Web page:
View HalDougherty's profile

HalDougherty

1820 posts in 1923 days


#11 posted 03-09-2012 11:27 AM

Here’s a couple of reasons why I enjoy a very small woodworking operation. The bottom two paragraphs are just part of a larger document from a Tennessee Govt. website. I pay sales tax on everything I buy and only sell products from my farming operation. It’s been a family business since the 1800s when it was a working farm. We stopped raising cattle and cash crops, but we’ve never stopped selling our hay, so now I’m harvesting grass and trees and selling the processed products of my farm. Here’s a link to the Tennessee Govt. website about sales of farm products.

————————————————-

49. Are farmers and nursery operators who buy and sell agricultural products, including livestock, required
to present the certificate of exemption to buy agricultural products, including livestock, tax exempt or obtain
copies of purchasers’ exemption certificates to sell agricultural products tax exempt?

No. Agricultural products grown and produced by a farmer and purchased directly from the farmer that grew or produced the agricultural products are not subject to sales or use tax. The farmer is not required to obtain the Agricultural Sales and Use Tax Certificate of Exemption to make tax-exempt sales of agricultural products that the farmer grew or produced. The Agricultural Sales and Use Tax Certificate of Exemption is required to make taxexempt purchases of machinery, repairs, and certain supplies for use by a qualified farmer, timber harvester, or nursery operator.
———————————————————————
55. I cut the trees from my own farm, have the lumber sawed, and my family makes birdhouses, baskets, and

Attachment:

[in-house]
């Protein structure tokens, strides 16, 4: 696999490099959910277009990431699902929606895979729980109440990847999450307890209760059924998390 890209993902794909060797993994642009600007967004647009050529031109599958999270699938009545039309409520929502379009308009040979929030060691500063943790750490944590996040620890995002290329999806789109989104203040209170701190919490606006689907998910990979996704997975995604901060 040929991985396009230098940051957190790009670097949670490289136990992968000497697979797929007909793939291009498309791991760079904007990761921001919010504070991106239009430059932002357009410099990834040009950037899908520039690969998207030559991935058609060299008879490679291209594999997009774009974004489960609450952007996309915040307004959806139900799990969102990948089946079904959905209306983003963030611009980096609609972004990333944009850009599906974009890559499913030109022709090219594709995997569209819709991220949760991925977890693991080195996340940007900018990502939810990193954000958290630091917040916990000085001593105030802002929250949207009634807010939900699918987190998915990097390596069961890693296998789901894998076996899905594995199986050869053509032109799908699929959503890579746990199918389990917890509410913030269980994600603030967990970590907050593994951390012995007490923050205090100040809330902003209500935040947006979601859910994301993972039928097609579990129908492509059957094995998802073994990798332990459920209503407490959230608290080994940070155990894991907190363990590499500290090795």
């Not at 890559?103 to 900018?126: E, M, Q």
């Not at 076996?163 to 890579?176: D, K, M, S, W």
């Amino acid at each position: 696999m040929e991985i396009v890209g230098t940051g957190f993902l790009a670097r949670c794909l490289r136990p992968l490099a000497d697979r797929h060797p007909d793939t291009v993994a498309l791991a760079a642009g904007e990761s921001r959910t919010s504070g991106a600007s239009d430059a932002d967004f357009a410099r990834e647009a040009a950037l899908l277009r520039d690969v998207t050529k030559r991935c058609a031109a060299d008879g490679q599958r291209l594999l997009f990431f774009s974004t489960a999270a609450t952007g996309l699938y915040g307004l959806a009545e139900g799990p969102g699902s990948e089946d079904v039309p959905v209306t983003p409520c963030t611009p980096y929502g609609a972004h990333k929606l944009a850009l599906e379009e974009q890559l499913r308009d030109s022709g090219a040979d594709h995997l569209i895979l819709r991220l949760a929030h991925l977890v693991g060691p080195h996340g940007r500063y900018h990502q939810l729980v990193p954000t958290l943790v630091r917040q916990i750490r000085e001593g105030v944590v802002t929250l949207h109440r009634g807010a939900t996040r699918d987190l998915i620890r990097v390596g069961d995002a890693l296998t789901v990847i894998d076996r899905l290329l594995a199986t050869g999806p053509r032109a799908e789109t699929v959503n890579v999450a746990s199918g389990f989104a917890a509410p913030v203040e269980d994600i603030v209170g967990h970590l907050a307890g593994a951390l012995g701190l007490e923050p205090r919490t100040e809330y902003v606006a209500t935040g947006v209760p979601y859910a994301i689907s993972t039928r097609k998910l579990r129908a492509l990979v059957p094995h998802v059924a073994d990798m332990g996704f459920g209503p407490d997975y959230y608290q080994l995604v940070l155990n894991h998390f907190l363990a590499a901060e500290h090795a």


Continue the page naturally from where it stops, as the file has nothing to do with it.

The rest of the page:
similar crafts. Should I charge the tax on these items?

No; as long as these are created from wood from your farm, they are not taxable. However, if you buy the lumber and other components from a supplier, the sale of the home-made craft is taxable.

-- Hal, Tennessee http://www.first285.com

View DIYaholic's profile

DIYaholic

13752 posts in 1361 days


#12 posted 03-09-2012 01:02 PM

You are on Long Island, NY. Get insurance!!!!!!

Former LI’er transplanted in Vermont.

-- Randy-- I may not be good...but I am slow! If good things come to those who wait.... Why is procratination a bad thing?

View dbray45's profile

dbray45

2536 posts in 1462 days


#13 posted 03-09-2012 01:36 PM

From what I know about NY, you will be taxed beyond belief. You may need to get permits for finishing materials, business, bonding, insurance, etc… NY is also big on unions and since you are non union, expect to be inspected for OSHA stuff. You will need a wall for posting this and that, install a water wash for eyes and a good first aide kit – just to start. Depending where you are, there may actually be zoning against what you are doing. As a hobby, you are exempt from much of this.

Keep really good records, under federal law you have a hobby if you are not turning a profit. It takes a lot of revenue to turn a profit, You need to speak with an attorney first.

-- David in Damascus, MD

View FredIV's profile

FredIV

115 posts in 1076 days


#14 posted 03-09-2012 10:08 PM

Thanks all. The wife is the sole bread winner these days. (thankfully). I doubt I will ever be able to make a living at this, more like a hobby but just wanted to cover my own ass as I’m sure there are horror stories out there. After reading all of the sage advice, I will be sure to contact a lawyer for consultation and my account for additional advice.